Due to COVID-19, the ILC was cancelled in 2020 for the first time in its 100-year history and is taking place virtually this year.  A second session of the ILC will be taking place from November 25 to December 11 and will cover the critical topics of skills and inequalities.

In addition to standing agenda items, the June session included discussions on the ILO’s response to COVID-19 and Social Protection, as well as General Body elections for the 2021 to 2024 term, to which USCIB Senior Advisor Tom Mackall secured a position as a representative for the Americas. Declarations on the ILO’s Response to COVID-19 and Social Protection were adopted by the Plenary on the Final day of the ILC. USCIB Vice President for Corporate Responsibility and Labor Affairs Gabriella Herzog and Policy and Program Manager Daniella Goncalves participated in the Social Protection negotiations.

Notably USCIB President and CEO Peter Robinson delivered remarks on the Director General’s Report, Work in the Time of COVID. After acknowledging and thanking DG Guy Ryder for his years of service, Robinson laid out USCIB priorities for a sustainable and equitable recovery from the pandemic. Highlighting Business Partners to CONVINCE (BP2C) and USCIB’s unique policy expertise and access to multilateral fora, Robinson noted: “USCIB continues to advocate to address decent work deficits through investments in securing rule of law. We remain particularly concerned by the persistent issue of forced labor, which requires international attention. The ILO has a critical role to play and should apply its expertise, leadership and resources to support the elimination of forced labor. “

“We are confident that through increased collaboration and policy coherence, investments in capacity building efforts, and continued social dialogue, with the ILO serving as the custodian of SDG-8, we will emerge from this pandemic a stronger, more resilient and inclusive society,” added Robinson.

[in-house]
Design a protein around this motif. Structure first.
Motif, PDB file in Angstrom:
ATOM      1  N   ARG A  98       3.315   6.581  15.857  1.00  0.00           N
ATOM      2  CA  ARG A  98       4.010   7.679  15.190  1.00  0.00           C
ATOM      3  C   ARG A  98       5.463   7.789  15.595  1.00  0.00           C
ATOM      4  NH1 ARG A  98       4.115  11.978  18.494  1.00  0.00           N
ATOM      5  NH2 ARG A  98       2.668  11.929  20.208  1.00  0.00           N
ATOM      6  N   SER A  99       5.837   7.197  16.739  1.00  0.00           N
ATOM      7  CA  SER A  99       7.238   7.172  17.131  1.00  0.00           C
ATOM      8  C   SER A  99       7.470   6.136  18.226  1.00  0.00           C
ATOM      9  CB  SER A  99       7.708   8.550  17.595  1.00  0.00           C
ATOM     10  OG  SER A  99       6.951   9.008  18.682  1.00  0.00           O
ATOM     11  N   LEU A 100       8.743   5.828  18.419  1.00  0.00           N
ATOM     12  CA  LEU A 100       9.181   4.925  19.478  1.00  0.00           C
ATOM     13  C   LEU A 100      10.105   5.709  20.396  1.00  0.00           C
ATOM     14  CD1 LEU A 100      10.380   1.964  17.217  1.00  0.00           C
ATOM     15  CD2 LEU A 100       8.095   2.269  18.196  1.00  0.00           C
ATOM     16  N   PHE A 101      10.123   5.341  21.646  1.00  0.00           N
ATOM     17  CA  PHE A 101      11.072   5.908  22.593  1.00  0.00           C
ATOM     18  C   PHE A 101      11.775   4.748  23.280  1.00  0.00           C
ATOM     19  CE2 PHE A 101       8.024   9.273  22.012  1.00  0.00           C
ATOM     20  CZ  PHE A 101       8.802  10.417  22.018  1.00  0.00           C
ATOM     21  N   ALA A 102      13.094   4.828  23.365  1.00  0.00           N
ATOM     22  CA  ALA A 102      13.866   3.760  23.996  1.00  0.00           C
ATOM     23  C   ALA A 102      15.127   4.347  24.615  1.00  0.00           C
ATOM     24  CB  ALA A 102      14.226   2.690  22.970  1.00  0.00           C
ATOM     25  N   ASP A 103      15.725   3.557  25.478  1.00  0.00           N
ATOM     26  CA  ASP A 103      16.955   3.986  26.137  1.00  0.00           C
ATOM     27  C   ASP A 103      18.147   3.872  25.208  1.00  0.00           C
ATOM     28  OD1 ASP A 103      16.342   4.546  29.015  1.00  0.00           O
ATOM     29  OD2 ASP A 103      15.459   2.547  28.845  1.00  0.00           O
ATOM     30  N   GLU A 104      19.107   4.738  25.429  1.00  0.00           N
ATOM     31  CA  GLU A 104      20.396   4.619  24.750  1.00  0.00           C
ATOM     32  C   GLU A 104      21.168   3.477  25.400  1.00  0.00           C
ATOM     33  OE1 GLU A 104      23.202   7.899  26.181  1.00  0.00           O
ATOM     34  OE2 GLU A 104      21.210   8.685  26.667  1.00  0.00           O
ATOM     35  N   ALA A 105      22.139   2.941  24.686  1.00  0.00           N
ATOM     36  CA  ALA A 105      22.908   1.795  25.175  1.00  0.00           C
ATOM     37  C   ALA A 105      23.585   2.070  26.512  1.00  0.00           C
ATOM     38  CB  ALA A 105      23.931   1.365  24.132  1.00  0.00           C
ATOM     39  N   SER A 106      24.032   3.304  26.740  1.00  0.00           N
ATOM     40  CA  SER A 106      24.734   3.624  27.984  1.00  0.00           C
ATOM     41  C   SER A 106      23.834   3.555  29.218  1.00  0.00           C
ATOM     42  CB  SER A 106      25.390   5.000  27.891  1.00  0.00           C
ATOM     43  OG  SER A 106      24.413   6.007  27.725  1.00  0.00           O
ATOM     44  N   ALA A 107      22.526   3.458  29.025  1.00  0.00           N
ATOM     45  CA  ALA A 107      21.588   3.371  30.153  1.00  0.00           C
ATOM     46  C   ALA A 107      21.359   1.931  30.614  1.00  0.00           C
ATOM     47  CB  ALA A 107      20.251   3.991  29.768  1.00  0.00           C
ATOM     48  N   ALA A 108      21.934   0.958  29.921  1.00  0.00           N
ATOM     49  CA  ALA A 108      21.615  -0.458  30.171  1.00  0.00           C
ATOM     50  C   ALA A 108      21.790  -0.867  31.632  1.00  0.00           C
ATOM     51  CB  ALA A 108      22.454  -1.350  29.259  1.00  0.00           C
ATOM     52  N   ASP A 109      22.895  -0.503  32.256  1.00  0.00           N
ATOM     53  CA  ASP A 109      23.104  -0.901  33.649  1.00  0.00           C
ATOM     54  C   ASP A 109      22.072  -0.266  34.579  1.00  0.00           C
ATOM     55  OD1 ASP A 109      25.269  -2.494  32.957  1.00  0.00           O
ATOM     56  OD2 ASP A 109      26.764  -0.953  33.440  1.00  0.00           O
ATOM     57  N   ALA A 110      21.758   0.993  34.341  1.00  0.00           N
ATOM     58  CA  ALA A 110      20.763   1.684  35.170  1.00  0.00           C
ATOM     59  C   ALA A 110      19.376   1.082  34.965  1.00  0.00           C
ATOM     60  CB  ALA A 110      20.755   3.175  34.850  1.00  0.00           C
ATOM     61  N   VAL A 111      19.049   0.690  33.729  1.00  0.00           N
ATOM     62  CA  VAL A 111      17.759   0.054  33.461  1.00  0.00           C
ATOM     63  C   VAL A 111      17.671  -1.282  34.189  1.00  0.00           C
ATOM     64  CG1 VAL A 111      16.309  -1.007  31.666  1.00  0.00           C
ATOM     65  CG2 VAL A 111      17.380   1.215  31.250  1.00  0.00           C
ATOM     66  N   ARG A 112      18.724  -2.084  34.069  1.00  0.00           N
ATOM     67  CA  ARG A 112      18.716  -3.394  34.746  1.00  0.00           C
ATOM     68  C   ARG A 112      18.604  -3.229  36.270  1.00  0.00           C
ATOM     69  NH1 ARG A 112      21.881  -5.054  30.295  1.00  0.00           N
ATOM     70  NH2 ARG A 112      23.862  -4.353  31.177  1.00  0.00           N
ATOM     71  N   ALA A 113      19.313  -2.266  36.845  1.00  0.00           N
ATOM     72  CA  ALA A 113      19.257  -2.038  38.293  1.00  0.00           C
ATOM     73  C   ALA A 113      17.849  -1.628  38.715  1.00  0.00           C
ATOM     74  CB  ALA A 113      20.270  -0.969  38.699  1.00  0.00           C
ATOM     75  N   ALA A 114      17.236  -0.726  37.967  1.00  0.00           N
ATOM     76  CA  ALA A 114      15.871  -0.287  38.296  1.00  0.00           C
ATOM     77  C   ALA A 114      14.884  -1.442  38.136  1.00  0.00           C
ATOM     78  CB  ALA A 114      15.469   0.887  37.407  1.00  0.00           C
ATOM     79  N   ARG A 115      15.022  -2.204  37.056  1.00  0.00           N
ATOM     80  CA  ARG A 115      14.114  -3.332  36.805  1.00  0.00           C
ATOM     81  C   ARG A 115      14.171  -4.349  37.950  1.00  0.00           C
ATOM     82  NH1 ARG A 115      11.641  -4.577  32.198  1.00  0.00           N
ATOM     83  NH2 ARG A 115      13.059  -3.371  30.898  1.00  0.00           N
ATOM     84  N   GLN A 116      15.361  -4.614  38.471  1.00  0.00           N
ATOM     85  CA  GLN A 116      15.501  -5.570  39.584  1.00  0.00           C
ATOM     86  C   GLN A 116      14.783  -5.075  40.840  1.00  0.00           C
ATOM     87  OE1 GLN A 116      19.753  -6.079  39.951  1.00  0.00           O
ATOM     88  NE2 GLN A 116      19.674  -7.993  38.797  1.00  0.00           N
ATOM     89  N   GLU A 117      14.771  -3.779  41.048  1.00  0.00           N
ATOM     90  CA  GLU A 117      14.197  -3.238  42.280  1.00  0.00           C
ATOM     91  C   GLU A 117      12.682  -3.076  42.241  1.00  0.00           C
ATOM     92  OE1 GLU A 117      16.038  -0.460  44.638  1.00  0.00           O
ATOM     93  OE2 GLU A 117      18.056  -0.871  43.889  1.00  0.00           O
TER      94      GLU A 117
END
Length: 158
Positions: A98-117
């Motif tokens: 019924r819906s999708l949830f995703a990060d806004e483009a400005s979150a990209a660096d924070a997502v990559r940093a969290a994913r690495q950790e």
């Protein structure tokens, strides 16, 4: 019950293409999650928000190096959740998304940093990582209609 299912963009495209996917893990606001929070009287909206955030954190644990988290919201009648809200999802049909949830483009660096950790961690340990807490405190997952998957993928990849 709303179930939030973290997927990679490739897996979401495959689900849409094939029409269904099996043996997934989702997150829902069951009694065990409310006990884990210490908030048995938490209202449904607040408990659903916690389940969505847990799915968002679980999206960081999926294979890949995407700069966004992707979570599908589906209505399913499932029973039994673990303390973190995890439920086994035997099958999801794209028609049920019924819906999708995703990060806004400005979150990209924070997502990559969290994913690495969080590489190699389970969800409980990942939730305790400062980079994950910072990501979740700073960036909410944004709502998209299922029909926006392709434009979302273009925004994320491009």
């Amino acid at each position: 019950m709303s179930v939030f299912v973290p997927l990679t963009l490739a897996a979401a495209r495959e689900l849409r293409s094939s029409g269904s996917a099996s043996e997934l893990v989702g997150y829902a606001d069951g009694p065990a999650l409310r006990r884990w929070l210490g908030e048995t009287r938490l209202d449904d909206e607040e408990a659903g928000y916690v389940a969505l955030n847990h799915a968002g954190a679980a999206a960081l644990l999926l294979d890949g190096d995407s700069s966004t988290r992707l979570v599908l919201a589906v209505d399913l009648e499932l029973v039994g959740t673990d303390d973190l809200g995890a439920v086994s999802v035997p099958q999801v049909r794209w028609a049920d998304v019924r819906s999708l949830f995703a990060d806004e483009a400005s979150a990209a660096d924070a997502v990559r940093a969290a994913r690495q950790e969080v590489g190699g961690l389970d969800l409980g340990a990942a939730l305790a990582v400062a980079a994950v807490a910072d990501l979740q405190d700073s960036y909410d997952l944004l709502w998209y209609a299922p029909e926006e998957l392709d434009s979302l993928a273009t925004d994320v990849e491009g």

WTO and Industry Leaders Discuss Future Work for WTO

USCIB and member companies Deloitte, Google, Mastercard, Merck, Pfizer and Walmart participated in a June 23 exclusive Virtual Trade Dialogue with World Trade Organization (WTO) Director-General Dr. Ngozi Okonjo-Iweala and several WTO ambassadors. The Trade Dialogue, facilitated by the International Chamber of Commerce (ICC), provided a robust exchange between global industry leaders and the WTO leadership in three areas: WTO response to COVID-19, deliverables for the twelth WTO ministerial meeting (MC12) and future work for the WTO.

Ngozi expressed cautious optimism about the future of international cooperation, as evident from the successful outcomes of the recent G7, the G20 global health and the U.S.-EU bilateral summits. She reiterated the need to deliver concrete results at MC12 in the areas of trade and health, fishery subsidies and food security as a way to restore credibility in the WTO as an effective institution. Ngozi and WTO ambassadors pressed business leaders to engage their host governments to deliver outcomes, as well as to communicate the importance to global industry of an effective WTO, now and in the future.